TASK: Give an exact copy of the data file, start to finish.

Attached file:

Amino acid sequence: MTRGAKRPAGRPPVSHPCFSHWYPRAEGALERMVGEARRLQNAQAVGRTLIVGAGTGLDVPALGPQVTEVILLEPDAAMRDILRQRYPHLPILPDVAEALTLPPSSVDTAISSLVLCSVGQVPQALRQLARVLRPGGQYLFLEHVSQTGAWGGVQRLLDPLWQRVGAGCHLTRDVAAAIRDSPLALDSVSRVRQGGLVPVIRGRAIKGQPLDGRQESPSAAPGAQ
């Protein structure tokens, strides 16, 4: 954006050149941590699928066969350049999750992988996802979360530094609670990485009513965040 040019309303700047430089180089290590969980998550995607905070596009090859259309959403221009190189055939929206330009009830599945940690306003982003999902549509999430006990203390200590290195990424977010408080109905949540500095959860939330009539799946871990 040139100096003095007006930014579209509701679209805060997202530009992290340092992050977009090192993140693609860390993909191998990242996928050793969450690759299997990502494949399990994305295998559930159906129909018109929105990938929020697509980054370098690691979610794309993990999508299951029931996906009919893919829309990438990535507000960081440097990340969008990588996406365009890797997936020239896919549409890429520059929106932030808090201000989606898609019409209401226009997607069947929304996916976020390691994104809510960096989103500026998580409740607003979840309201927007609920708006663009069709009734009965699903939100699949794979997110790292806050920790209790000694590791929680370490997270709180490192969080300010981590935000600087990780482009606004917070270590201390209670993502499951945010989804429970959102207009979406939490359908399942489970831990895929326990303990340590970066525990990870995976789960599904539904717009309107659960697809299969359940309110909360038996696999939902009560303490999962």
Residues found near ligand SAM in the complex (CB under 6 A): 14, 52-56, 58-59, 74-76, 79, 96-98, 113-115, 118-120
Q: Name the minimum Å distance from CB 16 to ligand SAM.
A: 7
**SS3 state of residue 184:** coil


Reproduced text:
Amino acid sequence: MTRGAKRPAGRPPVSHPCFSHWYPRAEGALERMVGEARRLQNAQAVGRTLIVGAGTGLDVPALGPQVTEVILLEPDAAMRDILRQRYPHLPILPDVAEALTLPPSSVDTAISSLVLCSVGQVPQALRQLARVLRPGGQYLFLEHVSQTGAWGGVQRLLDPLWQRVGAGCHLTRDVAAAIRDSPLALDSVSRVRQGGLVPVIRGRAIKGQPLDGRQESPSAAPGAQ
């Protein structure tokens, strides 16, 4: 954006050149941590699928066969350049999750992988996802979360530094609670990485009513965040 040019309303700047430089180089290590969980998550995607905070596009090859259309959403221009190189055939929206330009009830599945940690306003982003999902549509999430006990203390200590290195990424977010408080109905949540500095959860939330009539799946871990 040139100096003095007006930014579209509701679209805060997202530009992290340092992050977009090192993140693609860390993909191998990242996928050793969450690759299997990502494949399990994305295998559930159906129909018109929105990938929020697509980054370098690691979610794309993990999508299951029931996906009919893919829309990438990535507000960081440097990340969008990588996406365009890797997936020239896919549409890429520059929106932030808090201000989606898609019409209401226009997607069947929304996916976020390691994104809510960096989103500026998580409740607003979840309201927007609920708006663009069709009734009965699903939100699949794979997110790292806050920790209790000694590791929680370490997270709180490192969080300010981590935000600087990780482009606004917070270590201390209670993502499951945010989804429970959102207009979406939490359908399942489970831990895929326990303990340590970066525990990870995976789960599904539904717009309107659960697809299969359940309110909360038996696999939902009560303490999962």
Residues found near ligand SAM in the complex (CB under 6 A): 14, 52-56, 58-59, 74-76, 79, 96-98, 113-115, 118-120
Q: Name the minimum Å distance from CB 16 to ligand SAM.
A: 7
**SS3 state of residue 184:** coil